Beckman laying the foundation at Illinois

Tim Beckman's recruiting efforts the past two months haven't attracted as much attention as those of his former boss, Urban Meyer, but the new Illinois coach has taken some important steps for the future.

Beckman, whose reputation as a recruiter helped him land the Illini job in December, is focusing recruiting efforts on areas within a five-hour radius from Champaign, which includes markets such as Chicago, St. Louis, Indianapolis, Louisville and, for those lead-footed drivers, Memphis. While Beckman had limited time to finalize the 2012 recruiting class, he and his staff have been working on the 2013 crop, trying to get as many juniors on campus as possible. Illinois held its junior day on Sunday and had a strong turnout.

Another junior day is scheduled for March 10.

"We've had so many different weekends where we've tried to get people in," Beckman told ESPN.com. "This last weekend, we had an official junior day. The weeks prior to that, it has been people who have come in during the week or during the weekend. So exact number-wise, no idea right now, but I would say 300 to 400."

The state of Illinois is loaded with top prospects in the 2013 class, and Beckman and his staff have attended clinics around the state. Illinois' 2012 class received average to low marks, making 2013 even more important for the new regime.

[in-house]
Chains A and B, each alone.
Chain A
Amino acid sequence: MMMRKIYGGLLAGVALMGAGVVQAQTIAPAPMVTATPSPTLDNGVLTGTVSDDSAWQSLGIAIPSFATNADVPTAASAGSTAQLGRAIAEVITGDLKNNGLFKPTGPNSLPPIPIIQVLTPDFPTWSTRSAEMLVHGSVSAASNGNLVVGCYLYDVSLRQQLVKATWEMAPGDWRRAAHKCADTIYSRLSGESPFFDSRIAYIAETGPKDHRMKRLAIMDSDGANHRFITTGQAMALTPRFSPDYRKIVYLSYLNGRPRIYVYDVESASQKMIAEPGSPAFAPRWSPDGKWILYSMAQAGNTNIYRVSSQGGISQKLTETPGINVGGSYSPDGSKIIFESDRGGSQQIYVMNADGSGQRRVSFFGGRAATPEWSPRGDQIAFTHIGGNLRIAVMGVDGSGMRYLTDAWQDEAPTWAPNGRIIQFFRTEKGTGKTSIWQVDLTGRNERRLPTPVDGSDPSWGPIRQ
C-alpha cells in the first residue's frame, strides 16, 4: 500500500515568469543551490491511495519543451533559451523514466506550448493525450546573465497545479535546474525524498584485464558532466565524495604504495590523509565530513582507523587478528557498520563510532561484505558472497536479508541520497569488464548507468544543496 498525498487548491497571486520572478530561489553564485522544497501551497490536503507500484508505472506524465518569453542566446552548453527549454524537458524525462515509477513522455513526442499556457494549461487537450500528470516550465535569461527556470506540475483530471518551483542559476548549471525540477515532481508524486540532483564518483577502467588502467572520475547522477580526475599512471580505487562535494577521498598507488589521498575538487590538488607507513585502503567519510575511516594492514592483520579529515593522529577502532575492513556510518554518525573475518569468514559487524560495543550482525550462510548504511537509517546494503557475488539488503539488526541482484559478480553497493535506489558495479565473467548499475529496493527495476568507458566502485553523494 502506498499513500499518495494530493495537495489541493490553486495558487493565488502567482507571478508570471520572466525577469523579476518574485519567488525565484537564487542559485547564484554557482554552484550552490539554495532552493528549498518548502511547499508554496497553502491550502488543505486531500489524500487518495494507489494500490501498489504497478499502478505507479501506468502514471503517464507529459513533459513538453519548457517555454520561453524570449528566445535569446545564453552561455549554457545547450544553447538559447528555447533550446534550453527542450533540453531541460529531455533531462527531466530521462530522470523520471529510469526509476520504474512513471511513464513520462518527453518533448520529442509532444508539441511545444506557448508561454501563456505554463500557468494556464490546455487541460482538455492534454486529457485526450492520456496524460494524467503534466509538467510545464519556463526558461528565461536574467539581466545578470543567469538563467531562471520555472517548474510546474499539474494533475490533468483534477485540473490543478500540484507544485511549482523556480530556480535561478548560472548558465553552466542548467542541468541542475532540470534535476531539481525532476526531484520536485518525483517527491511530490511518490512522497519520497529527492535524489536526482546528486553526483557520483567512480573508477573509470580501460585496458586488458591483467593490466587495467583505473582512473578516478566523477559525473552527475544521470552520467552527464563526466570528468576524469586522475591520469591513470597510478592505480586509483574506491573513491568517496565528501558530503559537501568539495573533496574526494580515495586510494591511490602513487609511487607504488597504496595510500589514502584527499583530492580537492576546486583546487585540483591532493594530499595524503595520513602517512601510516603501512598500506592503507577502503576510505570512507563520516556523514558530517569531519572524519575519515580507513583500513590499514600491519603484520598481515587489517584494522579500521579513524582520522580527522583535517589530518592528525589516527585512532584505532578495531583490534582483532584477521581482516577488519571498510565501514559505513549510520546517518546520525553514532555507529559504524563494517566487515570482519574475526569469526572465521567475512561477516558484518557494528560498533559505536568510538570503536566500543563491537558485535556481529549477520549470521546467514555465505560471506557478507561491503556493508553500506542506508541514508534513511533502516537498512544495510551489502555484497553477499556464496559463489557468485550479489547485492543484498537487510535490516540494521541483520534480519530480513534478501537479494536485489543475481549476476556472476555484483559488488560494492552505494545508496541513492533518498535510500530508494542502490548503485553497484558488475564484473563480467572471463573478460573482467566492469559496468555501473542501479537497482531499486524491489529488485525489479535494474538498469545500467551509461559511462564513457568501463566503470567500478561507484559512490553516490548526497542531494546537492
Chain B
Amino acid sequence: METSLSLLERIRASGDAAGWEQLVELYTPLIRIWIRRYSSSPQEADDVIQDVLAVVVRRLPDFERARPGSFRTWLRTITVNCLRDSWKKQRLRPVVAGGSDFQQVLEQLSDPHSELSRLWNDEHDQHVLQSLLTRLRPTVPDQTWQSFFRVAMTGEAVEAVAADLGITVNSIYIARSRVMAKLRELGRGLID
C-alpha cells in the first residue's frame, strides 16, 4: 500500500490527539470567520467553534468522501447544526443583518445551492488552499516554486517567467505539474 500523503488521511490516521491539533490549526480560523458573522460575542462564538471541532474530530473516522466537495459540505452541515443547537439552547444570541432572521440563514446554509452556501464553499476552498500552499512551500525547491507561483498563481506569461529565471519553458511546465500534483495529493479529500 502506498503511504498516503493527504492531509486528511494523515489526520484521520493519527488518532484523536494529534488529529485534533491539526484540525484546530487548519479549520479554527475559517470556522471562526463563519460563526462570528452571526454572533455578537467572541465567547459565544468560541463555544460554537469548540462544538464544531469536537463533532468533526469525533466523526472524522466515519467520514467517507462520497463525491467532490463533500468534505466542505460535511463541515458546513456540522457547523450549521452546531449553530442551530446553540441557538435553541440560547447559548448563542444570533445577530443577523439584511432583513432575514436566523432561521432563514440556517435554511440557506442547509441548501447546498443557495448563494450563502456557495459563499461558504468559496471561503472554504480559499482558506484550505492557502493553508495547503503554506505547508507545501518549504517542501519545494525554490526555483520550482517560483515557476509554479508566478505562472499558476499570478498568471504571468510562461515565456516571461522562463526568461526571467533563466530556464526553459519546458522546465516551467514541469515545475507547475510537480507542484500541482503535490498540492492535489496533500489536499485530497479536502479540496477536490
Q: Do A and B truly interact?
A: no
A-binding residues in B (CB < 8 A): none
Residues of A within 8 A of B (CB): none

Illinois on Tuesday landed its first verbal commitment for 2013 in cornerback Dillan Cazley from Charleston, Ill.

"The reception's been awesome," Beckman said. "We've got a lot of great contacts in this five-hour radius with our coaching staff. ... It still comes down to building relationships and trying to build the relationships with the kids throughout the Illini Nation. So if it's Facebooking, if it's following each other through the different social medias, it's still very, very important to showcase what you have here at Illinois."

Beckman has tried to build a culture of competition with the current players, starting with the winter conditioning program. He also has instituted some new policies. Players must sit in the first two rows of every class. They also must log six hours of community service per year, four in the offseason and two during the season. Beckman has tweeted about the team attending a dinner at a local Boys and Girls Club and visiting elementary schools.

Some of Beckman's most important recruiting work has been retaining current players like defensive tackle Akeem Spence, defensive end Michael Buchanan and cornerback Terry Hawthorne, who could have jumped to the NFL draft but will return for their senior seasons.

"All the players have bought into the competitive nature that we do here," he said. "I've been proud of the way we've responded to the image we want to portray as a football team. There's things of course we can always get better at, the little things that can make this program a consistent championship-caliber football program."

That process begins Wednesday.